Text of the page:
Thursday, April 8, 2010


Just want to apologize for not letting you people know I was still alive. Yes, Indonesia had an earthquake but no, it didn't affect our island. I am still alive and I was blissfully unaware of anything significant going on in Indonesia until I saw my Facebook full of concerned messages. Thank you for your concern. Its nice to know people care about me.

Now onto updates. I was away last week on the east part of the island in another country called Timor L'este. Timor island is funny cuz half of it is in Indonesia and the other half is a small country. Timor L'este has had a history of turmoil and as I understand it it was occupied by the Portuguese for several hundred years until sometime in the 1970s and when Indonesia began occupying it. The East Timorese wanted to be independent, however, and this desire to be separate from Indonesia ended in a bloody conflict in 1999. Timor L'este (or East Timor) has been independent ever since but it has needed aid and support from many international organizations including the UN. I had to leave Indonesia for visa purposes as I have to do every six months and since TL is the closest country to me I went there. There are also several Canossian communities there (the order of Sisters whom I work with).

I met other volunteers with my program, VOICA, in TL, however. I met two Italians, Francesca and Gionata, and one American from Iowa, Trisha. They're amazing people. I had a wonderful time and for a short while I actually had a social life. I actually got to attend Mass in English! It was fantastic and the priest who presided over all the English Holy Week Masses, Fr. Angel, is amazing. He's from Spain and he's Claretian and, therefore, very funny and fun.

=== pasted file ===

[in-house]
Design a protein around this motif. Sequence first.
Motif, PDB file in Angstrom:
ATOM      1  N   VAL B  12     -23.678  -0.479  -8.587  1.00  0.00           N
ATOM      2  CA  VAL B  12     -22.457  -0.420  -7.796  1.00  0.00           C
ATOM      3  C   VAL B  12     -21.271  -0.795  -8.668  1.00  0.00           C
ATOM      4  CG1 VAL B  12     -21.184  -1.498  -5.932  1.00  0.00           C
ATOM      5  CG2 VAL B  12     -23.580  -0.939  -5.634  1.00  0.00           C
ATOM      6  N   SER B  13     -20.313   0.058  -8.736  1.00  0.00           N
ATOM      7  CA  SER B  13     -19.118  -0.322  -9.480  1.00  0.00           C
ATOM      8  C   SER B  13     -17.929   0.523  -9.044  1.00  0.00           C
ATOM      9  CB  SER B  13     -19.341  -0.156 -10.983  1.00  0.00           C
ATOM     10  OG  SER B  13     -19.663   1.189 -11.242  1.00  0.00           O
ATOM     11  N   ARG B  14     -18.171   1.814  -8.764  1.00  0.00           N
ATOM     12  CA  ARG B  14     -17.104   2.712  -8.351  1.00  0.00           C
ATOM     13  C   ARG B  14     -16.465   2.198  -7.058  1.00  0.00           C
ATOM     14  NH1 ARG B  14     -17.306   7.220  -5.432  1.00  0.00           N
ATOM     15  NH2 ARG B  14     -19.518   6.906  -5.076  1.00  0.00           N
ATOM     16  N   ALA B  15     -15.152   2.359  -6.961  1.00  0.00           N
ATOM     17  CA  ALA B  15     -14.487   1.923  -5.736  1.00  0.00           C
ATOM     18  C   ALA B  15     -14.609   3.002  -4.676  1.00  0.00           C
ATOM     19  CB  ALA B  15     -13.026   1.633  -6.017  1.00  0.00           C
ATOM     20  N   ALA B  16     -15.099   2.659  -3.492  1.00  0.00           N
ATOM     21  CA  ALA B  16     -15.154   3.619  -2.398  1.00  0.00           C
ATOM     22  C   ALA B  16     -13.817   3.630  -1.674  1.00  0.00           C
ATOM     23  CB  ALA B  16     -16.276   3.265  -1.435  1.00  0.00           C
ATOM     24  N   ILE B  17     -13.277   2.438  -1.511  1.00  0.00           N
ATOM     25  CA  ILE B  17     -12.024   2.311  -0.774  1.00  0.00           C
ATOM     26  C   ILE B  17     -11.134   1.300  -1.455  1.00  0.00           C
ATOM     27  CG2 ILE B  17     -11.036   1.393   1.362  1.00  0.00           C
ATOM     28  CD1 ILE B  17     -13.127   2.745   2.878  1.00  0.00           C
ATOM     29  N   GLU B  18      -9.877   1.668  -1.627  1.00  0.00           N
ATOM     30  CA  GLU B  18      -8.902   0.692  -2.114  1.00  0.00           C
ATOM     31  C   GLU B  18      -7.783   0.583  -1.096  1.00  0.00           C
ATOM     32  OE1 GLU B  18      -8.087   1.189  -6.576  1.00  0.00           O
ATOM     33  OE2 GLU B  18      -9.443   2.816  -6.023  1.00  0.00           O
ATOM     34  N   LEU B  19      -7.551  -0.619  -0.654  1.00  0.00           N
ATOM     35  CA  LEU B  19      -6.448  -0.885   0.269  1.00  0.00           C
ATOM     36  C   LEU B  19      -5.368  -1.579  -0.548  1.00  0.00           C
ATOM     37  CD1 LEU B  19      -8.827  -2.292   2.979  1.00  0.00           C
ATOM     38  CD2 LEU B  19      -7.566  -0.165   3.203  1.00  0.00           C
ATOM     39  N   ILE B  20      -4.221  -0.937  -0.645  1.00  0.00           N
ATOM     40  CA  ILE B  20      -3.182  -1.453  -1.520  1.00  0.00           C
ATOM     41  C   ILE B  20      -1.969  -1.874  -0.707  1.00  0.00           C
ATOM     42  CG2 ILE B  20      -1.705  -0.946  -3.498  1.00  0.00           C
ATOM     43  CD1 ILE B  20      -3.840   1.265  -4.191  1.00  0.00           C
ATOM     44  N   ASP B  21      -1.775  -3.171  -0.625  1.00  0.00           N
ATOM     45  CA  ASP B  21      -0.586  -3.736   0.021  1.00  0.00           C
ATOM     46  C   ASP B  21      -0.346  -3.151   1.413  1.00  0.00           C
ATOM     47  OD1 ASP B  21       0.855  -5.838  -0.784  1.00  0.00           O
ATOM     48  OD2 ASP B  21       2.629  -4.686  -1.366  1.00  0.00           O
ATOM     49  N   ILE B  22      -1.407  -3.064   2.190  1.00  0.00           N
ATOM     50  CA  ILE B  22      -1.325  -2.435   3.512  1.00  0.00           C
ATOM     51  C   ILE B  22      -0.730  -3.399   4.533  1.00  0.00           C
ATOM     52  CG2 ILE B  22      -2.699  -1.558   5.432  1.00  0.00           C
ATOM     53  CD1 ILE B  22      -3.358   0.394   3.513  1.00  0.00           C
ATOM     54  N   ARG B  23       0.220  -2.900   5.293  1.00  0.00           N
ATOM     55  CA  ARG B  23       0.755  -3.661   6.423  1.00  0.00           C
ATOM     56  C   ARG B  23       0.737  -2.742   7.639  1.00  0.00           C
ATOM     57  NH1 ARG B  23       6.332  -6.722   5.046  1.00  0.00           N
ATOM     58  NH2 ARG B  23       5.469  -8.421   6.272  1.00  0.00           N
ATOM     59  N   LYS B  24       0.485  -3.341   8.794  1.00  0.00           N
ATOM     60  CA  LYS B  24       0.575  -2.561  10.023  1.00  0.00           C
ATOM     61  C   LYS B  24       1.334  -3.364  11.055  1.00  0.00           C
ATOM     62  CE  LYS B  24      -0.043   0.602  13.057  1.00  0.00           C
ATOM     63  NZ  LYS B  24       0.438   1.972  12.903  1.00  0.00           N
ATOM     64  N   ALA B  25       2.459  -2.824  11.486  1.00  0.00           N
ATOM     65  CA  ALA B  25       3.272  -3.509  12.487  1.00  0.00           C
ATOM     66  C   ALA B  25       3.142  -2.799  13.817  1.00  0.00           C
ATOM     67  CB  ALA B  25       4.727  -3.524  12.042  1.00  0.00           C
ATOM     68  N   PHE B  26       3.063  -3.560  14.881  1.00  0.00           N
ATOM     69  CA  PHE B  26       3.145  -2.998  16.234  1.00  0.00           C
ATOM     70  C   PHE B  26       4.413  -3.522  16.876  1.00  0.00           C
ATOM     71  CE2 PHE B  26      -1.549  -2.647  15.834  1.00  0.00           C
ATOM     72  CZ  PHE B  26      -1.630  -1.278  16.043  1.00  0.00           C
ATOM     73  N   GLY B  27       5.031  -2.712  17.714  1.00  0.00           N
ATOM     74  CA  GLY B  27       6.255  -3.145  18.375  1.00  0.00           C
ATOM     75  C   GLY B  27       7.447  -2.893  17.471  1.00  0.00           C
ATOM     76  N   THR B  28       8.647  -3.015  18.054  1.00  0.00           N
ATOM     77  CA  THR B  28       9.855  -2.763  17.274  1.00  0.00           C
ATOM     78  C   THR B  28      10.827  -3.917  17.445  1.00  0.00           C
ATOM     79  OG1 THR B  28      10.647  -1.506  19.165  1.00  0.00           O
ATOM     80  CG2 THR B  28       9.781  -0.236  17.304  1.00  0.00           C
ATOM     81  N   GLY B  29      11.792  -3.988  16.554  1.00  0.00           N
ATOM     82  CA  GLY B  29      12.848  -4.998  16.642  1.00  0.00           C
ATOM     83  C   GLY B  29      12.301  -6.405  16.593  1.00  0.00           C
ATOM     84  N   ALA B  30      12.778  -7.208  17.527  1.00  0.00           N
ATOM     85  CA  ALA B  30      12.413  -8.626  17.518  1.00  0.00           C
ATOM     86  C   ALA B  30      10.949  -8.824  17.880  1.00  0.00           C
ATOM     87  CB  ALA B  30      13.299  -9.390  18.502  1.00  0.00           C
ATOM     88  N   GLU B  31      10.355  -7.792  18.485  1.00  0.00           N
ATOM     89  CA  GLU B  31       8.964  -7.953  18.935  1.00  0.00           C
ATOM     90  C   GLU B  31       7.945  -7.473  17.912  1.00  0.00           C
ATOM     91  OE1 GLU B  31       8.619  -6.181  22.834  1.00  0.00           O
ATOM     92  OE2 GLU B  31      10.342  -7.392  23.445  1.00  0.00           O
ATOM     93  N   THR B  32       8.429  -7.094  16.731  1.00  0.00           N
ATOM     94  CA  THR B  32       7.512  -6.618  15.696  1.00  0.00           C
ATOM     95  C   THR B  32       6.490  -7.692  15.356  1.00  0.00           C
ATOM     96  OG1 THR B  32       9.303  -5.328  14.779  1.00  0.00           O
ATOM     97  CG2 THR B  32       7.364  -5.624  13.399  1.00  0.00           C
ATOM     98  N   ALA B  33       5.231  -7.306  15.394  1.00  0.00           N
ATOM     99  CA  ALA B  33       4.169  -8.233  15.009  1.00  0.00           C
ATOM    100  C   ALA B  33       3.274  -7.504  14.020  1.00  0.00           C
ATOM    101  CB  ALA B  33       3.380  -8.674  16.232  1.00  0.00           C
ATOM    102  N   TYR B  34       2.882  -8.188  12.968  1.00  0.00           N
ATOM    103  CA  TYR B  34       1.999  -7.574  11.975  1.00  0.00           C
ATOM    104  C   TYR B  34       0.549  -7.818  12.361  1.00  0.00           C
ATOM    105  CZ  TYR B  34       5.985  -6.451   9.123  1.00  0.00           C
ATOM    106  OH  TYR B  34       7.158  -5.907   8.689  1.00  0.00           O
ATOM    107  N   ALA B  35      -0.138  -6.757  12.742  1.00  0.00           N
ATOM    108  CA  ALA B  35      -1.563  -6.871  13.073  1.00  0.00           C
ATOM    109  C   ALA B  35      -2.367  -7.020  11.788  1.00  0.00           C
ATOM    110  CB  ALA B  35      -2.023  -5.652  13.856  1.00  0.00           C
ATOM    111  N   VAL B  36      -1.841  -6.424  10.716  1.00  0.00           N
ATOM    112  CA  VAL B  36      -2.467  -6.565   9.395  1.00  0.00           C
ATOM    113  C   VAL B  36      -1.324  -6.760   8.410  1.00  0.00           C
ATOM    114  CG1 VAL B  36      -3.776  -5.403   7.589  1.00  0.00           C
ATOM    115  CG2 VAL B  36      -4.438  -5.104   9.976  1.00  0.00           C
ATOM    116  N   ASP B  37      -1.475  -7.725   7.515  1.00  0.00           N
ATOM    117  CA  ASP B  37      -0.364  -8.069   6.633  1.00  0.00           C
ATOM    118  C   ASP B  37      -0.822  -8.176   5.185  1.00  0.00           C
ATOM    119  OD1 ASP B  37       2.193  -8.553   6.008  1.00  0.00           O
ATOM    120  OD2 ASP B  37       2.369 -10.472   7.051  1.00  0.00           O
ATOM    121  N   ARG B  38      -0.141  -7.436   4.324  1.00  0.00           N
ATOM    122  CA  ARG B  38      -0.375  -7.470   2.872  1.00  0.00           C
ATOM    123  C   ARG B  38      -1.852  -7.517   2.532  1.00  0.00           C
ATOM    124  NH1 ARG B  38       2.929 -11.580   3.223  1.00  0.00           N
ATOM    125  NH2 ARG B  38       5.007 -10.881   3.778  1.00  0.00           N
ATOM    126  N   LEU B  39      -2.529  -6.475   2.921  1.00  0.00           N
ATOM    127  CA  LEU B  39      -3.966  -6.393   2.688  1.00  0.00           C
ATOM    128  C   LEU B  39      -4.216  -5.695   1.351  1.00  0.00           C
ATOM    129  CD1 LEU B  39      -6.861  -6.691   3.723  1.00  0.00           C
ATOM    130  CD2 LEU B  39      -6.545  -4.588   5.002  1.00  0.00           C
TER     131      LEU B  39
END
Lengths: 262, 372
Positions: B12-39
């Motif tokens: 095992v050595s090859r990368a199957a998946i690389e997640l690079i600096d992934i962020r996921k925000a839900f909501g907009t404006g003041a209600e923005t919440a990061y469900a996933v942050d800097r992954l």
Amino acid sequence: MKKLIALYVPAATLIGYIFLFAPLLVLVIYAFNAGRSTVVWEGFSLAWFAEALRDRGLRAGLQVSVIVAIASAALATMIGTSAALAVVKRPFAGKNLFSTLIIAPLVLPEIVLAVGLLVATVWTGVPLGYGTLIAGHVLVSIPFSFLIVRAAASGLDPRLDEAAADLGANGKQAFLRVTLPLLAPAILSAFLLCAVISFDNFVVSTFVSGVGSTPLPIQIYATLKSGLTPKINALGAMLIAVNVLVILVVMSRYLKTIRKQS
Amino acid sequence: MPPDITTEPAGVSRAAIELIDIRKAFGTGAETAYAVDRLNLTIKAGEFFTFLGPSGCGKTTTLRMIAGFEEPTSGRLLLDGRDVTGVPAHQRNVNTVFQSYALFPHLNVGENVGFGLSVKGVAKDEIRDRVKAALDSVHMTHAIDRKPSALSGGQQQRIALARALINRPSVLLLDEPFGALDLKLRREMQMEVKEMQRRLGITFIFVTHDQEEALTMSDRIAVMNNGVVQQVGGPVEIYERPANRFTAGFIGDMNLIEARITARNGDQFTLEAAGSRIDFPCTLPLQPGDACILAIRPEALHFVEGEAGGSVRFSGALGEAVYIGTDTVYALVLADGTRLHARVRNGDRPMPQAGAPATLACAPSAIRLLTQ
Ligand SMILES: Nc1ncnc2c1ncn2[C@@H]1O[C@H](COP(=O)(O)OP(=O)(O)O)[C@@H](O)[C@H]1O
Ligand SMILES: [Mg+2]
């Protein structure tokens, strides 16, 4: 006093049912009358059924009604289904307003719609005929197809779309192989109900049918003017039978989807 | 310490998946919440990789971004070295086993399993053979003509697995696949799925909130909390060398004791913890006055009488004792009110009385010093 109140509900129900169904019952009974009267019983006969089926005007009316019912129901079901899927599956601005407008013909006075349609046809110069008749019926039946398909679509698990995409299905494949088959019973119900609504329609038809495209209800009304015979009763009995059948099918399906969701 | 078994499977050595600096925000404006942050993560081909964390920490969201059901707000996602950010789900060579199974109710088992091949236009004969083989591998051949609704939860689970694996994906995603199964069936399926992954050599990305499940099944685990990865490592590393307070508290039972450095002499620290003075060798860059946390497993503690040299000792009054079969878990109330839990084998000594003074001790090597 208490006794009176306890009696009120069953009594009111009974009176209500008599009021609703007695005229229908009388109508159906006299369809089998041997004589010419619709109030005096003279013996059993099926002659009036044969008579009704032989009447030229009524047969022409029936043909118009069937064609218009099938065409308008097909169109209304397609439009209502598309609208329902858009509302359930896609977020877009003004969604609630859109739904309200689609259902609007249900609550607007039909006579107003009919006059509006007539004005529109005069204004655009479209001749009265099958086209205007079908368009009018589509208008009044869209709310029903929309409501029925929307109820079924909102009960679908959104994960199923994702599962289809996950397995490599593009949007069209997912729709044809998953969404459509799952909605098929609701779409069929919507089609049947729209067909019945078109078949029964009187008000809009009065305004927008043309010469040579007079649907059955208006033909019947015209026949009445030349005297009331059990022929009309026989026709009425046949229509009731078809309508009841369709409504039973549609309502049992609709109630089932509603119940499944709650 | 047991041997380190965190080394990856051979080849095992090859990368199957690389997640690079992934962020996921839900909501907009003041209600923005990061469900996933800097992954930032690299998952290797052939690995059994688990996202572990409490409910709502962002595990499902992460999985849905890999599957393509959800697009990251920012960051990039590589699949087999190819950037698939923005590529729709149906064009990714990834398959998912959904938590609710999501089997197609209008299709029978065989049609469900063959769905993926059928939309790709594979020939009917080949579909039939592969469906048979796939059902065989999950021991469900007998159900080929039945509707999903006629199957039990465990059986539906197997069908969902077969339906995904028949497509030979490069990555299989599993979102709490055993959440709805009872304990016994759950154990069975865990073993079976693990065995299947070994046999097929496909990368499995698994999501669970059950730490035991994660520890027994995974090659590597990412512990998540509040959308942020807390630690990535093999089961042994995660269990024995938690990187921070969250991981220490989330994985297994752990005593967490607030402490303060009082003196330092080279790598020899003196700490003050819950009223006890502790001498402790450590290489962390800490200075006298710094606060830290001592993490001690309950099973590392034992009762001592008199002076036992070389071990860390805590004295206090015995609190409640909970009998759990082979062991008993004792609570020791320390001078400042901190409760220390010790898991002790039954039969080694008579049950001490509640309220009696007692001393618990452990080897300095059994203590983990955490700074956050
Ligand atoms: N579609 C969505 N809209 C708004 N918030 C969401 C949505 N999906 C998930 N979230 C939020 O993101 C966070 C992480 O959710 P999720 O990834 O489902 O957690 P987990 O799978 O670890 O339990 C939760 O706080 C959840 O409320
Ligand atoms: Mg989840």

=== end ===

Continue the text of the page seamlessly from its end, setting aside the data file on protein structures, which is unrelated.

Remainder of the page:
While in TL I met many people from all over the world, due to the many international aid organizations there. I met Spanish people, Australians, Congolese, Brazilians, Portuguese. I enjoyed it very much because of this. I love meeting people from different places.

Dili the city where I stayed is on the northern coast of the island and I spent a few afternoons on the beaches of Dili. It was amazing. The water was kind of warm which was not to my liking because I am used to California cold ocean water but the beach and the view was amazing. I took pics which I wish could post. Someday I will, however.

On Good Friday, I spent the morning doing the Way of the Cross up a hillside. It was a little difficult hike because of the terrain and the heat and humidity but not so bad considering there were thousands of people and we were going at a slow pace. The view of the city from there was incredible also. I liked that I was able to remember Christ's sacrifice in this manner. It was amazing. I liked that no matter where people were standing, on dirt, leaves, or jagged rocks they still all knelt at each station. It was a good way to spend Good Friday.

Easter Sunday was spent at Mass then with the Canossian sisters at two communities in Dili for lunch and dinner. It was nice. I enjoyed my time there. I was sorry, however, that I could not spend Holy Week with my community of Nurobo. I wanted to be there with the people but it was unfortunate that I needed to exit Indonesia the weekend right before Holy Week.

Okay I have to get going now so I will conclude quickly with letting you know that Mary and I have a horrible mouse in our house. I am thoroughly disgusted at the thought. Also while I was gone some birds broke through a rusted screen in the window of my room and built a nest on my desk. I also sat on gum the other day and got it all over my good black slacks. Oh well that's life...in Indonesia anyway. Miss you guys. Until next time. (Apologies for any errors on this blog, I have no time to edit.)